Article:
Danko, Martin and Norton have passed on. Kahila and Burke became high school wrestling coaches; Kahila built FCHS’s decorated program from the ground floor, and Stinnette once served as an assistant high school football coach.

Norton was presented a ring honoring the seven players following his final game as the Panthers coach at 1993. One of those players was Kahila’s roommate.

Green was named the Most Valuable Offensive Player of the 1968 national title game.

“We played a great Phoenix team that had beaten the California (junior college) champions by two touchdowns,’’ Norton said. “They had always talked about California junior college football and how it was the best. Well, Phoenix beat the best in California and we beat Phoenix, 41-19, in the national championship game.

“I think that (victory) dispelled the myth that California junior college football was better than anywhere else. I think that proved the we could play in the East and so were are very proud of that,’’ Norton said.

“We (the 1968 team) wanted to be the best that we could possibly be and we tried to prove that in every game,’’ Danko said when the team celebrated its 20th reunion in 1988.

“As every game progressed, we got better and better and we peaked in Savannah, Ga. (site of the title contest) when we played Phoenix. And that’s the key,’’ Danko said.

Two years later, the crash occurred.

“The ones who were killed in the plane crash were all good athletes. They (the 1968 team) were a close-knit group. It was like all of your buddies being killed. It was a horrible thing,’’ Norton said.

Green had moved on to Western Carolina University in 1970.

“It’s something that never leaves your mind,’’ Green said when recalling the tragedy following his hiring at FCHS. “It’s spooky.

“I was at (Western Carolina) with (Ferrum teammate) John Mahoney who was already there. He came into my room and told me. My first thought was, ‘ No this can’t be true,’ but I later found out it was true.’’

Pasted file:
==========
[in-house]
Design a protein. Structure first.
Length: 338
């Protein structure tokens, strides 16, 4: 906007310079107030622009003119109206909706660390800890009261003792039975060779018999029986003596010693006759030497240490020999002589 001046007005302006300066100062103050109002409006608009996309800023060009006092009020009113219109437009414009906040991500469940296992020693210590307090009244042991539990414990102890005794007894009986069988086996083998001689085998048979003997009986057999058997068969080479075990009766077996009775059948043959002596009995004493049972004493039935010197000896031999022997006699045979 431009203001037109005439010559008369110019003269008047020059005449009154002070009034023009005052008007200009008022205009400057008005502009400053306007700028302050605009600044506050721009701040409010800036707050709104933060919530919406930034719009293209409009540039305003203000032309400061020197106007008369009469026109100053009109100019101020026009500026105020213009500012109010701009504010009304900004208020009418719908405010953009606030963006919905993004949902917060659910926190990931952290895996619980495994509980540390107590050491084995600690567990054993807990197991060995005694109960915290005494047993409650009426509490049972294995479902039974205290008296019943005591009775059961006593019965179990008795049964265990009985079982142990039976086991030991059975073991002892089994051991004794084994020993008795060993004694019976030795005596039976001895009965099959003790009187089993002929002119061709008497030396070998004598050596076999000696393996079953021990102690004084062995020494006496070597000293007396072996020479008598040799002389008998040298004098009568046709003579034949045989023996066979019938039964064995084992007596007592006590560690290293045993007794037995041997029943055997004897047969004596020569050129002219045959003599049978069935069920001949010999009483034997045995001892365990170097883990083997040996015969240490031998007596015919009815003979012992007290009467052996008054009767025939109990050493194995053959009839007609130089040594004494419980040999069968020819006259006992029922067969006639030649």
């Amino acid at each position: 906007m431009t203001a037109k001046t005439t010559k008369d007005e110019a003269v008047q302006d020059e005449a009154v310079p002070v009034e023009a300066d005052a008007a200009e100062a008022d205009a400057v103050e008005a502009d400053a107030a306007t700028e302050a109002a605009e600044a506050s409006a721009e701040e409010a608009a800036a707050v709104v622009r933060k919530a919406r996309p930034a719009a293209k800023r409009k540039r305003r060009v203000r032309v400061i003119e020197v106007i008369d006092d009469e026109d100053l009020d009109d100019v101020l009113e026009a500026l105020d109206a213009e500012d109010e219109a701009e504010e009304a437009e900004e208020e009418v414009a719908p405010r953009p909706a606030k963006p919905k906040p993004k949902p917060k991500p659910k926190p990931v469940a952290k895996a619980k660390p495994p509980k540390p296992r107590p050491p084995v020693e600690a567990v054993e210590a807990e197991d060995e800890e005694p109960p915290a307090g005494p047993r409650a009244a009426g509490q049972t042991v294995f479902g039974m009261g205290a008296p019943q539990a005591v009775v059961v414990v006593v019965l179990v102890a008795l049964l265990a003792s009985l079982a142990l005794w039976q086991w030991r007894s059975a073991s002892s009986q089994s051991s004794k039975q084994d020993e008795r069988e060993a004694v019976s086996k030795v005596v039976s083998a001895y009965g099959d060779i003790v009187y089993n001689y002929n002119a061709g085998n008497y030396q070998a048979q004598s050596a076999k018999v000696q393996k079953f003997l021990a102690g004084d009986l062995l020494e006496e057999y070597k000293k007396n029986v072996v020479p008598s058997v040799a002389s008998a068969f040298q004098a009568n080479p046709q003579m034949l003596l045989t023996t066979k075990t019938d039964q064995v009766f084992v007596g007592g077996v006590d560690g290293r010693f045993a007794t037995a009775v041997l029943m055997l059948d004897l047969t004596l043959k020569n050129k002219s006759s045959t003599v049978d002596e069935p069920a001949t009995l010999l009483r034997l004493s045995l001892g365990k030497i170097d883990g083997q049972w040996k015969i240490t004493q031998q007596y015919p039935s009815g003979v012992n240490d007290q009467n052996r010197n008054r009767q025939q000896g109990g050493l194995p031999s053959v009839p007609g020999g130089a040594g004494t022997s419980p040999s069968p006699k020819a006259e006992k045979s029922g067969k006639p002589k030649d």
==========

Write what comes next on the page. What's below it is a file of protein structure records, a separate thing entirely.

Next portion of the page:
I don’t think anyone has ever felt comfortable with it because if you look at it, you can say to your self that it could have been one of us,’’ Green said.

“We don’t look at (the plane crash) as a tragedy; we look at it as an inspiration to all of us,’’ Danko said. “We are happy that we ever knew those guys. They have definitely played a big role in our lives because they have brought us (the 1968 team) together and made us closer. It has made this team a very, very special team.’’



1971 Jim Hottle

1972 Jim Grobe

1973 Richard Greene

1974 Mike Antonopoulos

1975 Gary Wells

1976 Johny Douglas

1977 Ed Lewis

1978 Billy Jarvis

1979 Bernie West

1980 Rob Stanley

1981 Leno Illardo

1982 Frank Rossi

1983 Ricky Cruze

1984 Randy Harper

1985 Mark McGlothlin

1986 Mark Fedrovitch

1987 Nathan Scott

1988 Greg Thurman

1989 Paul Scott White

1990 Kevin Sherman

1991 John Sheets, Cecil Phillips

1992 Kirt Studevant

1993 Ray Brown

1994 Ray Brawley, Chris Glascock

1995 David Waddell

1996 Kevin Slough

1997 Derrick Hollins

1998 J.C. Harmon

1999 James Puryear, Charles Spangler

2000 Randy Anderson

2001 Greg Middleton

2002 Matt Stinson

2003 Chris Ward

2004 George Masten

2005 Dustin Hamoy, Alvin Jones

2006 Jermaine Pitts

2007 Shaun Green

2008 Nic King

2009 Matt Dobson

2010 John Branch

2011 Steven Harris

2012 Scott Puschell, Kenny Tapscott

2013 Wes Franklin

2014 Anthony Orton

2015 Thomas Betts

2016 Anthony Konieczka

2017 Alveno Matthews

2018 Lawrence Baranski III

2019 Jordan Patti


Coach Rick Tolley

Thomas W. Brown

David D. Griffith

Patrick J. Norrell

James R. Patterson

Arthur K. Shannon

Jerry D. Stainback Jr.

Thomas J. Zborill